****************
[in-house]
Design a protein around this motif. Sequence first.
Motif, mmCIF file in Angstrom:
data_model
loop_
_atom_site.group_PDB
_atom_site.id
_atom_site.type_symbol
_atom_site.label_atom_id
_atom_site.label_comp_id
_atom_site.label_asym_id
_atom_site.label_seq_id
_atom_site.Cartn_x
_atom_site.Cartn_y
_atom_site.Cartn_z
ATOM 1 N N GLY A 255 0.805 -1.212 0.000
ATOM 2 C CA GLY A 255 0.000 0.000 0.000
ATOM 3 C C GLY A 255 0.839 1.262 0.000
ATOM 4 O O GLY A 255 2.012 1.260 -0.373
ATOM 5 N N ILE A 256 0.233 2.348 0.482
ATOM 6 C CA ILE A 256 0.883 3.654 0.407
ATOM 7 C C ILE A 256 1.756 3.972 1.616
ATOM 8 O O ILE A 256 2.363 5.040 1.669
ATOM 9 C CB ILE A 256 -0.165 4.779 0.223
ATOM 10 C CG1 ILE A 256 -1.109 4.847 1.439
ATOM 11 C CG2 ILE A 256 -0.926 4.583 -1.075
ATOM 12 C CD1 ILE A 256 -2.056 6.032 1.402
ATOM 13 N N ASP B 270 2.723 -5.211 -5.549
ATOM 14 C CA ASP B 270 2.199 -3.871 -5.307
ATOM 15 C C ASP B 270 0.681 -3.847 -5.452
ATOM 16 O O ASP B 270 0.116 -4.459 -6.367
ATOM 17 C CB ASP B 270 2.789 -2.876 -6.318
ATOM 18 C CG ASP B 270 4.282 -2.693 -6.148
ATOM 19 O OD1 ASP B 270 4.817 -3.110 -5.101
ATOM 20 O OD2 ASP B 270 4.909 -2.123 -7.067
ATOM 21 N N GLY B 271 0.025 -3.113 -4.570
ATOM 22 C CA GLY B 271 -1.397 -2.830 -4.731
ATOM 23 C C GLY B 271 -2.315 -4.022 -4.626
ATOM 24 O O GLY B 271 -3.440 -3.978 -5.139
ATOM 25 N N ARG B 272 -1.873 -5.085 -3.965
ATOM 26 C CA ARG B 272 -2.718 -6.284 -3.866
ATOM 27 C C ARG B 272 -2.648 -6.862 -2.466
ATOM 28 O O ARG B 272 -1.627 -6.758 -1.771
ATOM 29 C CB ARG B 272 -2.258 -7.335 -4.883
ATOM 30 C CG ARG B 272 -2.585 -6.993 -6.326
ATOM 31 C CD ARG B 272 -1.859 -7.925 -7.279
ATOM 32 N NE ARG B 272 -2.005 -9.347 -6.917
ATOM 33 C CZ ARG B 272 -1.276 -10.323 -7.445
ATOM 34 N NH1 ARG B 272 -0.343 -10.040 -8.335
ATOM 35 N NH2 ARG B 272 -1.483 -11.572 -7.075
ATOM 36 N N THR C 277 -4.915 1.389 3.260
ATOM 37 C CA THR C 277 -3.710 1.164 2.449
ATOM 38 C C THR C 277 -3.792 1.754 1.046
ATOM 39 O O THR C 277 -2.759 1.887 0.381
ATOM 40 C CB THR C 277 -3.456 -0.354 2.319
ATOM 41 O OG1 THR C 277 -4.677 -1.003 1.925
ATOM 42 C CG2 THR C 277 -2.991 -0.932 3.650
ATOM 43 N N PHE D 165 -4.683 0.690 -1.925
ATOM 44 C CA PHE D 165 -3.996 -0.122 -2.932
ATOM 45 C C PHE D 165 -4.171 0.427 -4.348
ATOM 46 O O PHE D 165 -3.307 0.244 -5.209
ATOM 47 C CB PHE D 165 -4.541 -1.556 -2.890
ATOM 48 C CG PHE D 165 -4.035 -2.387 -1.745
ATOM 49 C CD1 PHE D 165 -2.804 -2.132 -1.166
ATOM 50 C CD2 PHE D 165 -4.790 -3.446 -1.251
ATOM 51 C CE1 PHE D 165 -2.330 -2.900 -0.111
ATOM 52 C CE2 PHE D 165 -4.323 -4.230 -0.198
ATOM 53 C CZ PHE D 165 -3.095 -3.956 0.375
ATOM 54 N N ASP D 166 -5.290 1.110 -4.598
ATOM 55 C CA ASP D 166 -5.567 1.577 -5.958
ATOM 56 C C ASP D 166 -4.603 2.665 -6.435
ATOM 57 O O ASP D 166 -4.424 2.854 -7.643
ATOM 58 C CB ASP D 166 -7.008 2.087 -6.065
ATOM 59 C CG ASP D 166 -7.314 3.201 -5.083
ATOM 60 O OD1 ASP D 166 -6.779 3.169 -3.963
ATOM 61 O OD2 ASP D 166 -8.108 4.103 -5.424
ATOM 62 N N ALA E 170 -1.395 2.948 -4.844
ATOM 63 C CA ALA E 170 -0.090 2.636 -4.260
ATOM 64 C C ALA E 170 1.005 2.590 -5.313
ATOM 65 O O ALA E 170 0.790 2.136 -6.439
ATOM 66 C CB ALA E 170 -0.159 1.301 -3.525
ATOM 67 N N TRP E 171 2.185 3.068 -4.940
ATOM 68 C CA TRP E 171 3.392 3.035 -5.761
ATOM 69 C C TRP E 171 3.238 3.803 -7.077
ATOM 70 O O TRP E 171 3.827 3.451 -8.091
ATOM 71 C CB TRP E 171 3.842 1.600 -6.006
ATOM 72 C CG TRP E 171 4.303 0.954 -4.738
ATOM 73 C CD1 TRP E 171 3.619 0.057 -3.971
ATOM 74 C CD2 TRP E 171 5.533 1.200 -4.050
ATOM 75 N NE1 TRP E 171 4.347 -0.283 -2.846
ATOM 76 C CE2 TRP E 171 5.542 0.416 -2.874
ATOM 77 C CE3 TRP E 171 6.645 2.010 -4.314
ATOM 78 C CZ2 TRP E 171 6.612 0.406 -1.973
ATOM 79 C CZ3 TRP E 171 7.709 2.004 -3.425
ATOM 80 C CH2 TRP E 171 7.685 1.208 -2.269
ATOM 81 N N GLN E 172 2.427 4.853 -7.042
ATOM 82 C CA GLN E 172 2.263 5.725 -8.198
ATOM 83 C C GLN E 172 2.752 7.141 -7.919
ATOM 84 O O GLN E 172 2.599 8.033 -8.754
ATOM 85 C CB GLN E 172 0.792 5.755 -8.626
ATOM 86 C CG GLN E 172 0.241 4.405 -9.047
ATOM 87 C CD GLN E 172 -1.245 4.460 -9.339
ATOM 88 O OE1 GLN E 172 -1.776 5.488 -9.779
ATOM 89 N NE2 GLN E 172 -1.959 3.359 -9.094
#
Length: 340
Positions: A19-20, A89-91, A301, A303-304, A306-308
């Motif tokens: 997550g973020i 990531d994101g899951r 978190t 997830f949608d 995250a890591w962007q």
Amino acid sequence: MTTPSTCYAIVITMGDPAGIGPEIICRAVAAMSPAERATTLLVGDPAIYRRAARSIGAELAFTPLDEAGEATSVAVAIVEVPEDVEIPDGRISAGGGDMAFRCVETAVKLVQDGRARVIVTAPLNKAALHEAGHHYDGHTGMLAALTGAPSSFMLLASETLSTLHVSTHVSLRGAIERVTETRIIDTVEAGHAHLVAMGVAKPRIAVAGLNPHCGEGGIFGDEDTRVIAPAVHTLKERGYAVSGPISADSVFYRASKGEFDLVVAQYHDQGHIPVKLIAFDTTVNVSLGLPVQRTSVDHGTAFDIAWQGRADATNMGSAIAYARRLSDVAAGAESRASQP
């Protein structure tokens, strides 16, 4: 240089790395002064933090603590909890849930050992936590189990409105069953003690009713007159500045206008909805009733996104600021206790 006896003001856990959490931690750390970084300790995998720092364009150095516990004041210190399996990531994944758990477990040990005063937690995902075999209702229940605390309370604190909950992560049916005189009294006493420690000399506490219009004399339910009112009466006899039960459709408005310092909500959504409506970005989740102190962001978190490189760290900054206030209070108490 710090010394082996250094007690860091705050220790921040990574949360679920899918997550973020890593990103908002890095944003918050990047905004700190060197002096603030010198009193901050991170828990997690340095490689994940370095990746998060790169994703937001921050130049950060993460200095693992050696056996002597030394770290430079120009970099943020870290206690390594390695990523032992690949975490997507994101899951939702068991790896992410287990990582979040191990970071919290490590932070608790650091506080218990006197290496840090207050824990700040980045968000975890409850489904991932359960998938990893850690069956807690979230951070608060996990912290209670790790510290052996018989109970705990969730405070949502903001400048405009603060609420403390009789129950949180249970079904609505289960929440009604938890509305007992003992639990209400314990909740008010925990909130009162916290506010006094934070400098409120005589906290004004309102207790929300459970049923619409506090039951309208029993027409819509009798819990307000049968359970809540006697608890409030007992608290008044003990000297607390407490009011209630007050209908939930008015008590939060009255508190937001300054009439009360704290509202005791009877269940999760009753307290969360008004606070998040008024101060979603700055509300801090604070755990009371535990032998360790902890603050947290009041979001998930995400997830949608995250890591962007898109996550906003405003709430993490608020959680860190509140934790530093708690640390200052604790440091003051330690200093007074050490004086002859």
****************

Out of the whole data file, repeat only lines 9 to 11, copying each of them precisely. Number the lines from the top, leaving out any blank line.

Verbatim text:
_atom_site.label_atom_id
_atom_site.label_comp_id
_atom_site.label_asym_id